Some people have no doubt heard the expression “traddie sins,” which usually refers to the tendency of some (perhaps many) traditional Catholics to believe that their localized iteration of traditionalism is the pure expression of traditionalism at the expense of every other. “I go to a Society of St. Pius X chapel, not those of compromised groups like the Fraternity of St. Peter…”; “I attend a church run by the Institute of Christ the King and have nothing to do with quasi-schismatics like the SSPX…”; “The garage my vagante bishop says Mass in once every third month uses the 1954 Missal…;” etc. There are others, of course, ranging from uncharitable judgmentalism toward so-called “Novus Ordo Catholics” to a chauvinistic attitude toward the Christian East. Ah, but the list grows. A fairly new, and rather pernicious, tradide sin is the tendency to assume that if a priest, bishop, or pope supports a socio-political position connected in some way with the platform of the American Democratic Party, then then such a position is not only evil, but the espouser has fallen into some deep abyss of doctrinal error and must be renounced immediately.
There was a time, not long ago, when one could still find authentically Catholic reflections on the full array of political problems facing us, the poor heirs of late modernity. Instead of adopting present-day ideologies, these Catholics would attempt to confront topics like economics, law, war, and so forth using the age-old wisdom of the Church coupled with the light of natural reason. Sometimes the results of this thinking aligned (loosely) with the political platform of some party or another, but oftentimes the conclusions were quite different. For instance, both Democrats and Republicans support capitalism; they just disagree marginally about the level and manner of government intervention required to keep the system running “smoothly.” Catholics, on the other hand, know better. They know, from both the Church’s social magisterium and natural law, that capitalism is avarice by another name and that a just economic ordo must provide workers just wages while also upholding the common good.
What about current “hot button” issues like immigration, gun control, and climate change? Here matters are a bit murkier due to the dearth of intelligent commentary on all three. Although Pope Pius XII set out some principles on immigration and refugees, for the most part Catholic thinkers have deferred to the rhetoric of international bodies rather than tried to come to grips with the dynamics of the problem in a truly Catholic way. In the U.S., the bishops have largely folded on the issue completely without bothering to interject nuance into their pro-immigration position while certain sectors of traditional Catholicism have come out howling statements that would make Donald Trump proud. Both “sides” miss the point, and each seem to be more concerned about aligning with a particular liberal-secular mindset than drawing on timeless principles.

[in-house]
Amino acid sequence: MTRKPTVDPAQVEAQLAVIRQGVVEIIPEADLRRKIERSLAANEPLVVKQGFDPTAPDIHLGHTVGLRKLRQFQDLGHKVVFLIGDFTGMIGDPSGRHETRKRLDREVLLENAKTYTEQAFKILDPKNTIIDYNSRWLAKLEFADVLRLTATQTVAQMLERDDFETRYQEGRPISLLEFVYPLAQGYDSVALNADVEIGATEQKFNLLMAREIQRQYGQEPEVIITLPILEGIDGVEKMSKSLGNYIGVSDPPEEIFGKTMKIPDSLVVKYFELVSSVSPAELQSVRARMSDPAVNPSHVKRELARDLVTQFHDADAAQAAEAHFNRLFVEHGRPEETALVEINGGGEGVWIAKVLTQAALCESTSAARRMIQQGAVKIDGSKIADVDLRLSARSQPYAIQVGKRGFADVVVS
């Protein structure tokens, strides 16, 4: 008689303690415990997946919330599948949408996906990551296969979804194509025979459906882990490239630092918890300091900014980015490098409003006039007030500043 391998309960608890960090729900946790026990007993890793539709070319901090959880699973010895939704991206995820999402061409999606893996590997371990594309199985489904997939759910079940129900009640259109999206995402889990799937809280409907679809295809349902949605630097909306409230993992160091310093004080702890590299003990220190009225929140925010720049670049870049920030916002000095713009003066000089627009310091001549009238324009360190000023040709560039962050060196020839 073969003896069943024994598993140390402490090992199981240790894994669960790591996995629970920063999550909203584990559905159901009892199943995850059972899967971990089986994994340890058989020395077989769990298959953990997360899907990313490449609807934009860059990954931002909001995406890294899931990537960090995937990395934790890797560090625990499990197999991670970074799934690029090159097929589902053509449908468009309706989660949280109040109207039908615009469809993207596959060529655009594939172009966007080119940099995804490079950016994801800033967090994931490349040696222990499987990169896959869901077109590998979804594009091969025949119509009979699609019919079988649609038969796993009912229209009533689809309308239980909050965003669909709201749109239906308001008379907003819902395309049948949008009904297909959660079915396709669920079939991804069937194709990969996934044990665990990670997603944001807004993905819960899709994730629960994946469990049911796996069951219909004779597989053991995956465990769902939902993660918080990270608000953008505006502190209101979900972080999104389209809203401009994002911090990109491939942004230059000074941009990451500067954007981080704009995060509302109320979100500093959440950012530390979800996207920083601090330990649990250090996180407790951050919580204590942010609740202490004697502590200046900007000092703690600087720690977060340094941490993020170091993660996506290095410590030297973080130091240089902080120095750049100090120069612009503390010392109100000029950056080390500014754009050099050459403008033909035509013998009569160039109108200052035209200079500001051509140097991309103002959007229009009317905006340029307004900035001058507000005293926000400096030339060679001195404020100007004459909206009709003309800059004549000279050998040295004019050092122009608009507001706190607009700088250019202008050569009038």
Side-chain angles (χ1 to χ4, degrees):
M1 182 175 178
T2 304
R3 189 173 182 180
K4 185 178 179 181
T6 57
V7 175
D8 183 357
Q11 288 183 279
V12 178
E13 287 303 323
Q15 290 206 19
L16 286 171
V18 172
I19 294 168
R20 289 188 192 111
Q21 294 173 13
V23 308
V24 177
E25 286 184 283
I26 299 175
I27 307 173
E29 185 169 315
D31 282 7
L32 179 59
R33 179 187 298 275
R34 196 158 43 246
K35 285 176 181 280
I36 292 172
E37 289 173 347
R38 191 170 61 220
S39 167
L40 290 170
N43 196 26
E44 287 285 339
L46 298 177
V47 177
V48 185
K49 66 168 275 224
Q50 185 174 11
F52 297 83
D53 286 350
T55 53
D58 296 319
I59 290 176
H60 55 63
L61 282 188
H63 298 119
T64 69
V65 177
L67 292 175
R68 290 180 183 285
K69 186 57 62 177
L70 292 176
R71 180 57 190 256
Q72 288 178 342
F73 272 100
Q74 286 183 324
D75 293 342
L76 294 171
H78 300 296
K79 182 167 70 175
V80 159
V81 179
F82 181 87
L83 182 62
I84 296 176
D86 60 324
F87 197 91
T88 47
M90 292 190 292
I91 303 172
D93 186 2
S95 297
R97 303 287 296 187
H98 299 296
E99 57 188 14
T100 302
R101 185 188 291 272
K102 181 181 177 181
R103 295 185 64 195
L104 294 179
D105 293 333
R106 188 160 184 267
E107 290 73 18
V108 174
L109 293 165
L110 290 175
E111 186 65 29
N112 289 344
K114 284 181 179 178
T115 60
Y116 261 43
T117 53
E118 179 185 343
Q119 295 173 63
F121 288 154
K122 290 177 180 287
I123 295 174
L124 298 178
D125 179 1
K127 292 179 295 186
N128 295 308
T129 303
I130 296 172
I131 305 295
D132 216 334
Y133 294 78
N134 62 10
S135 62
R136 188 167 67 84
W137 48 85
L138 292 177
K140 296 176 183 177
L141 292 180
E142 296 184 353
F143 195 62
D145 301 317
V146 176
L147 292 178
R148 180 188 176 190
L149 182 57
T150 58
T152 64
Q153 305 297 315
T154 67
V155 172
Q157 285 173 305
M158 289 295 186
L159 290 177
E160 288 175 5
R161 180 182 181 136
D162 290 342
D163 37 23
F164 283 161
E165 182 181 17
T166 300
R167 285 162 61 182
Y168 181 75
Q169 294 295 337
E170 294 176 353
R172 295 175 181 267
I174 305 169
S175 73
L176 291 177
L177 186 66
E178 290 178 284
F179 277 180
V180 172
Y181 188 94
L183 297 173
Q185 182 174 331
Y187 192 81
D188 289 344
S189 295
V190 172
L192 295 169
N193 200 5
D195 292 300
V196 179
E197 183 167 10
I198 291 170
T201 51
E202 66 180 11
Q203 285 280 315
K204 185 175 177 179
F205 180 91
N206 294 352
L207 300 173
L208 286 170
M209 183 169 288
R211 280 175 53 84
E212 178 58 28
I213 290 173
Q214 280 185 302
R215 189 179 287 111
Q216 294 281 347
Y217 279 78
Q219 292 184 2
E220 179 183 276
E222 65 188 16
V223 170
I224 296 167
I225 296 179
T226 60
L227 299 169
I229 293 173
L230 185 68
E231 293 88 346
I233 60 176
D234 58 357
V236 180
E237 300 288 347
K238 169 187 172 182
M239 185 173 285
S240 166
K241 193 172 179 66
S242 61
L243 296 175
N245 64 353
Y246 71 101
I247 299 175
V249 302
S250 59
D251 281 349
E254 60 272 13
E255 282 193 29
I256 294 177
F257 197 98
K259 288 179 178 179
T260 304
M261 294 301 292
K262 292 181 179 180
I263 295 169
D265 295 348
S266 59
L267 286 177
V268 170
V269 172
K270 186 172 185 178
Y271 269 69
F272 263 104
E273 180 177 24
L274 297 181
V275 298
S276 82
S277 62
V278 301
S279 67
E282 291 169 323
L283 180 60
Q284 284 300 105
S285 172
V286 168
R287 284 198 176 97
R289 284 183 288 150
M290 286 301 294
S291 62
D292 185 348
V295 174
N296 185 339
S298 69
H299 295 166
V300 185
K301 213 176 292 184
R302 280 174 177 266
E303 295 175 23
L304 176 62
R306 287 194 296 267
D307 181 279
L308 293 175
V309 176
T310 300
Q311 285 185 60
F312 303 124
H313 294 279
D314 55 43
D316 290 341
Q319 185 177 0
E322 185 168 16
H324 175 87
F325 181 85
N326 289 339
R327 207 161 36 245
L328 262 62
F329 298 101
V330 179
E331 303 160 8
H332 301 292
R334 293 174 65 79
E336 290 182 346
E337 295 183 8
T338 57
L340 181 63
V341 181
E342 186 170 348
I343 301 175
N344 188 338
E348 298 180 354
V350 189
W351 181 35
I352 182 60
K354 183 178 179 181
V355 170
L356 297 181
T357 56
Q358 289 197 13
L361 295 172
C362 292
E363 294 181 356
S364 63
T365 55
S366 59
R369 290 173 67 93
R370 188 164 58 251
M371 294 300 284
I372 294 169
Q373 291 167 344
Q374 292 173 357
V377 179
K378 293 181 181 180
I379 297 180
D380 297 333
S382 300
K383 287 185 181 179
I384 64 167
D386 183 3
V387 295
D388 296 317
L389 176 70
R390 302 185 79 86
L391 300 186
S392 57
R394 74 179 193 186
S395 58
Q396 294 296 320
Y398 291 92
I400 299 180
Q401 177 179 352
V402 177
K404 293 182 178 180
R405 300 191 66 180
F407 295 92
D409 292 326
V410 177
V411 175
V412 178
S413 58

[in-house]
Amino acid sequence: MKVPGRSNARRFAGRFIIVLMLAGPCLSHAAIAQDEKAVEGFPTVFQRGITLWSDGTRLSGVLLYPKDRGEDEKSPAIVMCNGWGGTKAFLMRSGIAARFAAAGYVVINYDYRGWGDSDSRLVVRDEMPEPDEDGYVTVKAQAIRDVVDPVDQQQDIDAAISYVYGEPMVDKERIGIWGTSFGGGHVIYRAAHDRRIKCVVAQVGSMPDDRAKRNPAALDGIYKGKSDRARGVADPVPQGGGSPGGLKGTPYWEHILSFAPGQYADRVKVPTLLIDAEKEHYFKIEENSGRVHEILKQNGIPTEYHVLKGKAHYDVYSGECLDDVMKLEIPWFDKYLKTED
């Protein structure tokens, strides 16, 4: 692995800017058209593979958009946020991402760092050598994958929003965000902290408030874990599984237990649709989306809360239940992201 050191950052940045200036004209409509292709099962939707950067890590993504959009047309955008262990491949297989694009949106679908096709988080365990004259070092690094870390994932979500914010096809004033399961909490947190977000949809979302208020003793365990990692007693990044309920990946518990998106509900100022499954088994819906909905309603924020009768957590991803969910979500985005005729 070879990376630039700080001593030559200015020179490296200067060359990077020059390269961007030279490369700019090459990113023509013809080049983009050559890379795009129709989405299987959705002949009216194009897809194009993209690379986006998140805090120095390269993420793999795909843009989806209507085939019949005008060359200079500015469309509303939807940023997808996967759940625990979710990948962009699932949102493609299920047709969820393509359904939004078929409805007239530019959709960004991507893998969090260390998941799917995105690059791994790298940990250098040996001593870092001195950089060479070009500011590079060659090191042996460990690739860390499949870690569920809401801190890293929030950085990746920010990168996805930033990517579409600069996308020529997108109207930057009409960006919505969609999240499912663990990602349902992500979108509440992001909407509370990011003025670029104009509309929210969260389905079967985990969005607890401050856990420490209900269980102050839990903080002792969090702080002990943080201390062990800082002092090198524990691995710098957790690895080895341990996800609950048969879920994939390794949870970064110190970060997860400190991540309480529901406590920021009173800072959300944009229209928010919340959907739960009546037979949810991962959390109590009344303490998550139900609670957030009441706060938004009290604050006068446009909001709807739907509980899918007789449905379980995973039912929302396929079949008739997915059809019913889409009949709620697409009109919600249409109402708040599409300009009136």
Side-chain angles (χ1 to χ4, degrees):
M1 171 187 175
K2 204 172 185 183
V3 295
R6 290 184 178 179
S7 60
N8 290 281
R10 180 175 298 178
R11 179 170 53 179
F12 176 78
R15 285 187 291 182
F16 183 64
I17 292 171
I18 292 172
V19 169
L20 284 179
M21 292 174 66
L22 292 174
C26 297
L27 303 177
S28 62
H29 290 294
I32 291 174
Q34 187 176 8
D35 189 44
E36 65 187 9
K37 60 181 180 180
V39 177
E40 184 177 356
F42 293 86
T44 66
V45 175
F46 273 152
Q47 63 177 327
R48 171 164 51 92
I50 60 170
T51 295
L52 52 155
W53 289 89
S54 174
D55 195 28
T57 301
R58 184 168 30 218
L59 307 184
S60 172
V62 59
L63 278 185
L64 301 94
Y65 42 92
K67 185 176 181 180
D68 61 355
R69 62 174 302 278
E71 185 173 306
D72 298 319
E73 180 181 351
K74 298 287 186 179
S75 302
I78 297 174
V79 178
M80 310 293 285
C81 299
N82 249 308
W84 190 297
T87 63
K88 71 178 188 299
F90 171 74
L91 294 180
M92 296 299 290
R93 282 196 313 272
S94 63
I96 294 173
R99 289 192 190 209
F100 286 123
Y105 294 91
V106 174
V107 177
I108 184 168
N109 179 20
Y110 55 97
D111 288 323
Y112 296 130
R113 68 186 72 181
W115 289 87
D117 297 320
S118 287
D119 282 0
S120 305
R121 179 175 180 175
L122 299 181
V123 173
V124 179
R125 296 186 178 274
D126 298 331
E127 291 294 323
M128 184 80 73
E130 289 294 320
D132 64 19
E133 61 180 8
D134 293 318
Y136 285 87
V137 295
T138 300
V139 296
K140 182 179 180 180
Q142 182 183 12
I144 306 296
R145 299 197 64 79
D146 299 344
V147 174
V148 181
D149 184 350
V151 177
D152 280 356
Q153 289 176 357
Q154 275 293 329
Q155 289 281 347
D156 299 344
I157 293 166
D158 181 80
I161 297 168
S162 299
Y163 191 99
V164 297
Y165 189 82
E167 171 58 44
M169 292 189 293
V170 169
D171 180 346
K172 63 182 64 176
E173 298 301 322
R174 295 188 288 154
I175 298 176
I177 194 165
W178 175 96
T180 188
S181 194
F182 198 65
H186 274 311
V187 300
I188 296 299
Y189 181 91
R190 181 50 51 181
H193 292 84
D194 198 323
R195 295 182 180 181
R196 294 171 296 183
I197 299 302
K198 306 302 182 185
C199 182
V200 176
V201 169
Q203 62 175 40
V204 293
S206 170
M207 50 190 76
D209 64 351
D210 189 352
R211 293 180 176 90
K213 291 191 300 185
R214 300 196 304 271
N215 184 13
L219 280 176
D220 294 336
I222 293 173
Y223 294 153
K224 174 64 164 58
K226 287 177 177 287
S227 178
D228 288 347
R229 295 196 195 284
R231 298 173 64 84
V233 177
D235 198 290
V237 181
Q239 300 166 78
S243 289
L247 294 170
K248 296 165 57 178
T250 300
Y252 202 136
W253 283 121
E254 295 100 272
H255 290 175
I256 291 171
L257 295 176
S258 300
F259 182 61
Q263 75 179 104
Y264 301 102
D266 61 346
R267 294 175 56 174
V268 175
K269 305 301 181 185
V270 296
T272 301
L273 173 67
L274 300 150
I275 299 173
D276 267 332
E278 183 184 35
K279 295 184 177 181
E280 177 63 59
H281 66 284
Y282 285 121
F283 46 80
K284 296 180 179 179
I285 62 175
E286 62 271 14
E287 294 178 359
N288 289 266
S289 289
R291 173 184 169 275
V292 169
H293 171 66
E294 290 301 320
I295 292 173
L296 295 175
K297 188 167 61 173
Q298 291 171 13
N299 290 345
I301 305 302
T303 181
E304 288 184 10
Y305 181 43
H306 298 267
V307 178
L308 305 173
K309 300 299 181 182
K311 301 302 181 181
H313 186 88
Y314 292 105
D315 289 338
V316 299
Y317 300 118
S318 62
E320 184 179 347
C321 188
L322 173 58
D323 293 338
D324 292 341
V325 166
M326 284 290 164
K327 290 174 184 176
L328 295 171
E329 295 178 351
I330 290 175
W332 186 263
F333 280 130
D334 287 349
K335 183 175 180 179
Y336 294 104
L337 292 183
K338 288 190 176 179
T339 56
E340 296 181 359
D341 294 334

The same can be said of gun control and climate change. While the latter topic is more controversial due to the contested science on which it is based, there is no way any Christian can deny that we are not free to do to God’s creation whatever we so please. As for gun control, while the hyperbolic squealing of certain Left-leaning pundits needn’t be taken seriously, has any Catholic thinker explored why, in the United States at least, there is such an appalling gun fetish to the point where the Second Amendment is practically perceived as the highest law of the land? No, curtailing access to certain types of firearms probably won’t stop mass shootings and other acts of violence, but that doesn’t mean anyone ought to have open access to purchasing a small armory. Do traditional Catholics recognize this? Or do they believe that any pastoral statement against widespread gun ownership is ipso facto bound up with some creeping super-liberal agenda which must be resisted at all costs?
One of the great fruits of traditional Catholicism is reminding contemporary Catholics what the Church has timelessly taught while looking for ways to apply past teachings to today. While some traditionalists continue to work hard at this meta-project, traditional Catholicism in America—like all forms of Catholicism in America—has a difficult time thinking past American-style ideological categories. America first; Catholicism second. Escaping the horizon of liberalism is no easy task, but there’s not much of a future for Catholicism (or any other form of Christianity) in these lands unless we do.